The 5 Friends Every New Mom Needs - Trust Us, They're Important

The 5 Friends Every New Mom Needs - Trust Us, They're Important

The friend without kids is a very important one. 

By Corynne Cirilli

During pregnancy, the books will tell you to meet friends who are exactly as far along into pregnancy as you are. While the advice is sage, baby books often fail to mention that if, as a new mom, the only people you talk to are other new moms, you'll go nuts.



It’s incredibly valuable and comforting to have friends who are in the same boat as you. (Like when your two-month-old is waking up every three hours and nobody on Earth seems to understand how tired you are.) But you and your other brand-new, first-time mom friends will all be exhausted, overwhelmed, and practically incapable of holding onto a thought for more than two minutes. Which means that, if you’re expecting, there are a few other types of friends that can really help you survived the first year of motherhood.

1. The Researcher

She can tell you the weight of every stroller on the market off the top of her head and knows exactly when to start stretching feedings — plus, she’s happy to share her plethora of categorized Google Docs with you. Got lost in an internet black hole? Call super-informed mama. She’ll stop you from taking advice from the random parenting forum commenter who starts every post with “my sister-in-law’s British midwife says…blah blah blah.”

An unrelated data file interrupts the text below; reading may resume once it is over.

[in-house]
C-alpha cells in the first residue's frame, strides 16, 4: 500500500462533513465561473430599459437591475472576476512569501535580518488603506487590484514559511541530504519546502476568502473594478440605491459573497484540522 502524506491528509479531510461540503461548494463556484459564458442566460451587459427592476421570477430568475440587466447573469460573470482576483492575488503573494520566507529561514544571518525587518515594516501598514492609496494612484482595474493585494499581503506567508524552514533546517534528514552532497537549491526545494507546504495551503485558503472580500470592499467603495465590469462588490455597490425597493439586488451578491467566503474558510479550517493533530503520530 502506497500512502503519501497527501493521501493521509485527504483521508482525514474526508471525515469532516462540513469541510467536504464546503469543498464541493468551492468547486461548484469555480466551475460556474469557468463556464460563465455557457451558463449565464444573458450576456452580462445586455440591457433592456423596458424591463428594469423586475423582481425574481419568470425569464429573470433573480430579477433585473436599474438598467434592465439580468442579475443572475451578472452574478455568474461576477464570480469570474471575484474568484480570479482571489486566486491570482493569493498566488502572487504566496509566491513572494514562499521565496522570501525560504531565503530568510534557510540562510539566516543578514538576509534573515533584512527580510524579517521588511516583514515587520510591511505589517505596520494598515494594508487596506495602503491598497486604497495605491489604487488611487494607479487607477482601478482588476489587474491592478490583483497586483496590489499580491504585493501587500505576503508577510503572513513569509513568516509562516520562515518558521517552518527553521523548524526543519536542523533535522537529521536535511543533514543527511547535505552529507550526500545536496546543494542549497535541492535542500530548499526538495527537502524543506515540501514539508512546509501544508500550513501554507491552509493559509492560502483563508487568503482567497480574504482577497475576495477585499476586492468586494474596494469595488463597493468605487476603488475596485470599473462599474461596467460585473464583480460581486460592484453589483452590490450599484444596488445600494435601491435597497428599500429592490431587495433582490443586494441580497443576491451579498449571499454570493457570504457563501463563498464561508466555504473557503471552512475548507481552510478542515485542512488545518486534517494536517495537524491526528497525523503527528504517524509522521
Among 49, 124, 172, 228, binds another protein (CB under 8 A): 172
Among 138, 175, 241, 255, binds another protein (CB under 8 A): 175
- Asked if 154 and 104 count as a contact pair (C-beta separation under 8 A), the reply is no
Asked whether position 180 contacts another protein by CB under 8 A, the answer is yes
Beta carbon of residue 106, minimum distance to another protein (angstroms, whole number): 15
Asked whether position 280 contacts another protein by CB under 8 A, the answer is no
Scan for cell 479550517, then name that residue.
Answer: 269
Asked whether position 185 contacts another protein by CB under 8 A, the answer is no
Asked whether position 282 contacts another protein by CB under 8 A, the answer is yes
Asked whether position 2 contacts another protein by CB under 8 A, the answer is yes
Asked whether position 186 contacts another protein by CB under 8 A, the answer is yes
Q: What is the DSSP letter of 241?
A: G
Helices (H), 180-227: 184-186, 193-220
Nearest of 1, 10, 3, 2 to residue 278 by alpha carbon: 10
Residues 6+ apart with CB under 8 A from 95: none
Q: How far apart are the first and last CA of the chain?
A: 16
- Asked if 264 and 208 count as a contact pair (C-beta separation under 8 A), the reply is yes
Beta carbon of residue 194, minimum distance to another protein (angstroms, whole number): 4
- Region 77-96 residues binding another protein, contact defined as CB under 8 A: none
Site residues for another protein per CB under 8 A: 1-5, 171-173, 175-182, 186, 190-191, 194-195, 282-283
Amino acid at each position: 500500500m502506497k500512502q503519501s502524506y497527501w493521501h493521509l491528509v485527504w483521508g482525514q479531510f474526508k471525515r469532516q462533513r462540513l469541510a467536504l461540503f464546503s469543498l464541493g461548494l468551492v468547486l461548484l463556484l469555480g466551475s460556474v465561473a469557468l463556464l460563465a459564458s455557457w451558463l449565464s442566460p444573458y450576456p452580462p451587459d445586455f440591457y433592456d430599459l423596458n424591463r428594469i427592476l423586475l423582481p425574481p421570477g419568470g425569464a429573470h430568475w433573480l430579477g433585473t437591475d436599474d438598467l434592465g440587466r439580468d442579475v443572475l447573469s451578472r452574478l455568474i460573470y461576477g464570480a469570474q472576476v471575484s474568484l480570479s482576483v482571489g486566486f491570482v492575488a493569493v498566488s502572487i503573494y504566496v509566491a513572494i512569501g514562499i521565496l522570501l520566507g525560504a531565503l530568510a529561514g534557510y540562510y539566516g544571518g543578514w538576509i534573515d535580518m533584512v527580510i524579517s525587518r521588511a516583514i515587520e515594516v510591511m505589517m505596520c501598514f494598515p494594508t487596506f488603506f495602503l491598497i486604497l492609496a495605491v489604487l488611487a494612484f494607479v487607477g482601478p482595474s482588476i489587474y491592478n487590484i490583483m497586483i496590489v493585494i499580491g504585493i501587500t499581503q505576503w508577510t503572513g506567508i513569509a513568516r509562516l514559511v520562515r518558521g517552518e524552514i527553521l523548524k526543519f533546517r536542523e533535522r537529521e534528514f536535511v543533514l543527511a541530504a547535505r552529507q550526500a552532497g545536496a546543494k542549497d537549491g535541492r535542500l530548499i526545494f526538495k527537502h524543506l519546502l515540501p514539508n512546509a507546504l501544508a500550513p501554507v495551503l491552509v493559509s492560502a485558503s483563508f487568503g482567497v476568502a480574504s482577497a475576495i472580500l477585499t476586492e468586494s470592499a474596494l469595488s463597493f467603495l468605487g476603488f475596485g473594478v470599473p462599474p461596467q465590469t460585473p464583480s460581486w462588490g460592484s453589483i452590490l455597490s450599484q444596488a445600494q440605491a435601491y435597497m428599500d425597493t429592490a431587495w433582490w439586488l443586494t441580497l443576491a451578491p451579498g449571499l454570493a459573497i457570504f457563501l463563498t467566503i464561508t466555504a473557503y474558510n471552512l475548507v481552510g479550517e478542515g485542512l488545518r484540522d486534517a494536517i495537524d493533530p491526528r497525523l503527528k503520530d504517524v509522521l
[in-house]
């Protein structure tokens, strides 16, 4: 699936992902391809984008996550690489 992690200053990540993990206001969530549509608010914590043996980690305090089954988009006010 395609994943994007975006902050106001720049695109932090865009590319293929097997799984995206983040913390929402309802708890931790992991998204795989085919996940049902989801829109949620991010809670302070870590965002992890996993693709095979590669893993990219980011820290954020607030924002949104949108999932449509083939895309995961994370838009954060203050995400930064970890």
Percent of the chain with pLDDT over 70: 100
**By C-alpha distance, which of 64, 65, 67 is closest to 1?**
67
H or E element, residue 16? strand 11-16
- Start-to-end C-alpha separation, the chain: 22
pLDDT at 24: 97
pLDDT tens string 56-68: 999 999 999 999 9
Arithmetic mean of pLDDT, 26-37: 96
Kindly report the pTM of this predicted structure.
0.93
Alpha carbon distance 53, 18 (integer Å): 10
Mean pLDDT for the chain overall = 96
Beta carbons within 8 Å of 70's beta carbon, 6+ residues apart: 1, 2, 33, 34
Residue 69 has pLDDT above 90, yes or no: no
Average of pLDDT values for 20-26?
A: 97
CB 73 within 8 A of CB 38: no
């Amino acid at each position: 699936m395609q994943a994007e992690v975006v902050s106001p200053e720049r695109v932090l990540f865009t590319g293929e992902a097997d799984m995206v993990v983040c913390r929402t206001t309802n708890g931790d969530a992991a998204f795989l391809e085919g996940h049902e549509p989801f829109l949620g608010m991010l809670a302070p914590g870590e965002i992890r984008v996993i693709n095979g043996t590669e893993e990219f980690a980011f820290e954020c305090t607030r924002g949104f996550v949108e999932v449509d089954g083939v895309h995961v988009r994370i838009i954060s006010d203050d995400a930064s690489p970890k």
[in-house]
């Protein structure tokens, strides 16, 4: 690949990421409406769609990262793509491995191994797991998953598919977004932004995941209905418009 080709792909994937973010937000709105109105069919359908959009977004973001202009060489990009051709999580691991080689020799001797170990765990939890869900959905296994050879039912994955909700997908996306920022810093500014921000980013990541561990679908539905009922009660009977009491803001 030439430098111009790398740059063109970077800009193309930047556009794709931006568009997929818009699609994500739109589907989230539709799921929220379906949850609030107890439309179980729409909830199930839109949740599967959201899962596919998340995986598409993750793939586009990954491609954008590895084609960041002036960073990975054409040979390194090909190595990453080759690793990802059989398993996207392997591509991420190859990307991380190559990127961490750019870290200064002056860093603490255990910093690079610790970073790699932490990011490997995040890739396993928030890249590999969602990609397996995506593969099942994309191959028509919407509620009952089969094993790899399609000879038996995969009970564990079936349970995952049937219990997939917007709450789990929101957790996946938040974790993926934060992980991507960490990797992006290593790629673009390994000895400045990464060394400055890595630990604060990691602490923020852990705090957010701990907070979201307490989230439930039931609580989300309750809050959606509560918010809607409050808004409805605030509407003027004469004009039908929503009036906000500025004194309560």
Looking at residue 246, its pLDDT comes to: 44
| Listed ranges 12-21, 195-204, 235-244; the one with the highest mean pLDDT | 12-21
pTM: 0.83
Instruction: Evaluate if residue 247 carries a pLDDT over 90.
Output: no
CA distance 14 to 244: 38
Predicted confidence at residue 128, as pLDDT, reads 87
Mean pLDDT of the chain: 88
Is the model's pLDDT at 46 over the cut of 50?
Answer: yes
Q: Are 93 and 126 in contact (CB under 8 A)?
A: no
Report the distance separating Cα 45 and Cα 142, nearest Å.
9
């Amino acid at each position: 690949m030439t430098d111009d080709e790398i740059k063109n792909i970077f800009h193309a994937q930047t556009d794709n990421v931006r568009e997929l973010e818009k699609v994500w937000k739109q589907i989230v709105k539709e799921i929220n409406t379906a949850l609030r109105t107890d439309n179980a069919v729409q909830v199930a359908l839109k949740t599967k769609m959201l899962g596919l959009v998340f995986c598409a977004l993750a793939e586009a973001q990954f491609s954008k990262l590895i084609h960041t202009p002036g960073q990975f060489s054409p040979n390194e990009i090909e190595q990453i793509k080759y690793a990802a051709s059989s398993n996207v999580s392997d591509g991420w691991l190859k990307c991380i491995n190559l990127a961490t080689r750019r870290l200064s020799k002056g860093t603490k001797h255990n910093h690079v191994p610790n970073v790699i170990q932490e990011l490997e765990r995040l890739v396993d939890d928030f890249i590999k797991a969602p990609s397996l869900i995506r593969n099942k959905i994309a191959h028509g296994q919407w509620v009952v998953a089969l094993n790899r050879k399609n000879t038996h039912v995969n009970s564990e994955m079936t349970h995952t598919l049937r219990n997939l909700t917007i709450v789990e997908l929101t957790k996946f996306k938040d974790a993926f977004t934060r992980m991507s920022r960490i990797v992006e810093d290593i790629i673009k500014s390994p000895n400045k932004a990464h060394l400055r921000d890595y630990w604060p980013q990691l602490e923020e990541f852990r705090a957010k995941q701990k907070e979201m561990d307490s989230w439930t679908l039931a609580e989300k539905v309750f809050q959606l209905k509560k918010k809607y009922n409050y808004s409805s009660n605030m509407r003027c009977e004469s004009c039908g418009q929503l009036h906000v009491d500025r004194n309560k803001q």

2. The mom who’s 10 years ahead of you

With all the access to rapidly changing technology and information, it can be comforting to know that some things about motherhood really don’t change. That’s why you need a friend who went through having little ones a decade ago. A mom to a pre-teen has the knowledge and perspective of a seasoned parent, but, unlike your own mom, won’t regale you with stories of how back in the day nobody used car seats and every baby was put to sleep on their tummy. 

3. The Non-Scheduler

Some parents stick to strict routines and schedules, while others play it more fast and loose. In the early days, when your baby’s routine is constantly changing, it’s nice to have someone with flexibility to make plans with. And since new babies love to have diaper explosions, clothing changes, and another feeding right as you're about to walk out the door — meaning your plans will start 45 minutes later than scheduled — some days a non-scheduler might be your only option!

4. The friend without kids

As consuming as parenting can be, it’s really not fun to focus on your child 24/7. If the only friends you have are friends with kids, it’s going to get pretty suffocating pretty fast. Don’t run from your childfree friends the second your little one is born. Not only are they they ones who still know what’s going on “out there,” they also still have the ability to engage in an entire conversation without bringing it back around to poop. 

5. The mom friend at work

Feeling like you’re the only person in your office with a kid can really suck — especially if you also happen to be a woman. Having another friend at work who gets what it’s like when you have to drop everything and deal with an infant or toddler can make you feel less alone. Plus, she can cover for you when you have to run to stock up on Desitin and baby wipes during your lunch break. 

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